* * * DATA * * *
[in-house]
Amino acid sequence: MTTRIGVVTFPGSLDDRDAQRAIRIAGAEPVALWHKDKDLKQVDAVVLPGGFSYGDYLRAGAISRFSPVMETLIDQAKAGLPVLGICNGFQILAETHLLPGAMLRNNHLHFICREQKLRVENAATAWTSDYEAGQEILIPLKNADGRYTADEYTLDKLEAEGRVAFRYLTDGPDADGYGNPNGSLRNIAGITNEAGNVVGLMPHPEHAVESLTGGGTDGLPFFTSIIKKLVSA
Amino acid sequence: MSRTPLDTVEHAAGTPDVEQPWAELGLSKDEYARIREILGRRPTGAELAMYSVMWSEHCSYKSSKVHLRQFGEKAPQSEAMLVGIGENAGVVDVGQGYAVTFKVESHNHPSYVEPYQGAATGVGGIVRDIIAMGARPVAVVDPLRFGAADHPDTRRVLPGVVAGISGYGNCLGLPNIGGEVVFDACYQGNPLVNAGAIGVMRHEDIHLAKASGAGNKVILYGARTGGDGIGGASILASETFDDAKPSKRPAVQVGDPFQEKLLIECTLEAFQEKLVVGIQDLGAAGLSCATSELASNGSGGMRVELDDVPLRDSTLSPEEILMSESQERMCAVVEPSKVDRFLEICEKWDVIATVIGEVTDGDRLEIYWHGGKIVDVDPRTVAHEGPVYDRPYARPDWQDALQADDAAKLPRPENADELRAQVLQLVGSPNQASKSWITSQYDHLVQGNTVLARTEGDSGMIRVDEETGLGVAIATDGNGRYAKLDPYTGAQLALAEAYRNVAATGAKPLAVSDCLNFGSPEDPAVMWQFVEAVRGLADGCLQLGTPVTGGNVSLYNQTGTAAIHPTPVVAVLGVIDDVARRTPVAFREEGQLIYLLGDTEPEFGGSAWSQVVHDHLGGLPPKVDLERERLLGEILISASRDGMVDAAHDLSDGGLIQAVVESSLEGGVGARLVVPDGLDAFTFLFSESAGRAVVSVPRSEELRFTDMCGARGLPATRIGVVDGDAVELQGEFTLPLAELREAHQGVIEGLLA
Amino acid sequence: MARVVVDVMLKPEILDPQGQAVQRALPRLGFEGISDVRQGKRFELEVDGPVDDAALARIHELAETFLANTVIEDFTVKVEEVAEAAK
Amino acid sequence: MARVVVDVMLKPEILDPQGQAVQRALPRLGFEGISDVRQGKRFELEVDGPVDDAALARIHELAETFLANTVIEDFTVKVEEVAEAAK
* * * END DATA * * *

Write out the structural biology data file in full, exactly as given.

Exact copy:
[in-house]
Amino acid sequence: MTTRIGVVTFPGSLDDRDAQRAIRIAGAEPVALWHKDKDLKQVDAVVLPGGFSYGDYLRAGAISRFSPVMETLIDQAKAGLPVLGICNGFQILAETHLLPGAMLRNNHLHFICREQKLRVENAATAWTSDYEAGQEILIPLKNADGRYTADEYTLDKLEAEGRVAFRYLTDGPDADGYGNPNGSLRNIAGITNEAGNVVGLMPHPEHAVESLTGGGTDGLPFFTSIIKKLVSA
Amino acid sequence: MSRTPLDTVEHAAGTPDVEQPWAELGLSKDEYARIREILGRRPTGAELAMYSVMWSEHCSYKSSKVHLRQFGEKAPQSEAMLVGIGENAGVVDVGQGYAVTFKVESHNHPSYVEPYQGAATGVGGIVRDIIAMGARPVAVVDPLRFGAADHPDTRRVLPGVVAGISGYGNCLGLPNIGGEVVFDACYQGNPLVNAGAIGVMRHEDIHLAKASGAGNKVILYGARTGGDGIGGASILASETFDDAKPSKRPAVQVGDPFQEKLLIECTLEAFQEKLVVGIQDLGAAGLSCATSELASNGSGGMRVELDDVPLRDSTLSPEEILMSESQERMCAVVEPSKVDRFLEICEKWDVIATVIGEVTDGDRLEIYWHGGKIVDVDPRTVAHEGPVYDRPYARPDWQDALQADDAAKLPRPENADELRAQVLQLVGSPNQASKSWITSQYDHLVQGNTVLARTEGDSGMIRVDEETGLGVAIATDGNGRYAKLDPYTGAQLALAEAYRNVAATGAKPLAVSDCLNFGSPEDPAVMWQFVEAVRGLADGCLQLGTPVTGGNVSLYNQTGTAAIHPTPVVAVLGVIDDVARRTPVAFREEGQLIYLLGDTEPEFGGSAWSQVVHDHLGGLPPKVDLERERLLGEILISASRDGMVDAAHDLSDGGLIQAVVESSLEGGVGARLVVPDGLDAFTFLFSESAGRAVVSVPRSEELRFTDMCGARGLPATRIGVVDGDAVELQGEFTLPLAELREAHQGVIEGLLA
Amino acid sequence: MARVVVDVMLKPEILDPQGQAVQRALPRLGFEGISDVRQGKRFELEVDGPVDDAALARIHELAETFLANTVIEDFTVKVEEVAEAAK
Amino acid sequence: MARVVVDVMLKPEILDPQGQAVQRALPRLGFEGISDVRQGKRFELEVDGPVDDAALARIHELAETFLANTVIEDFTVKVEEVAEAAK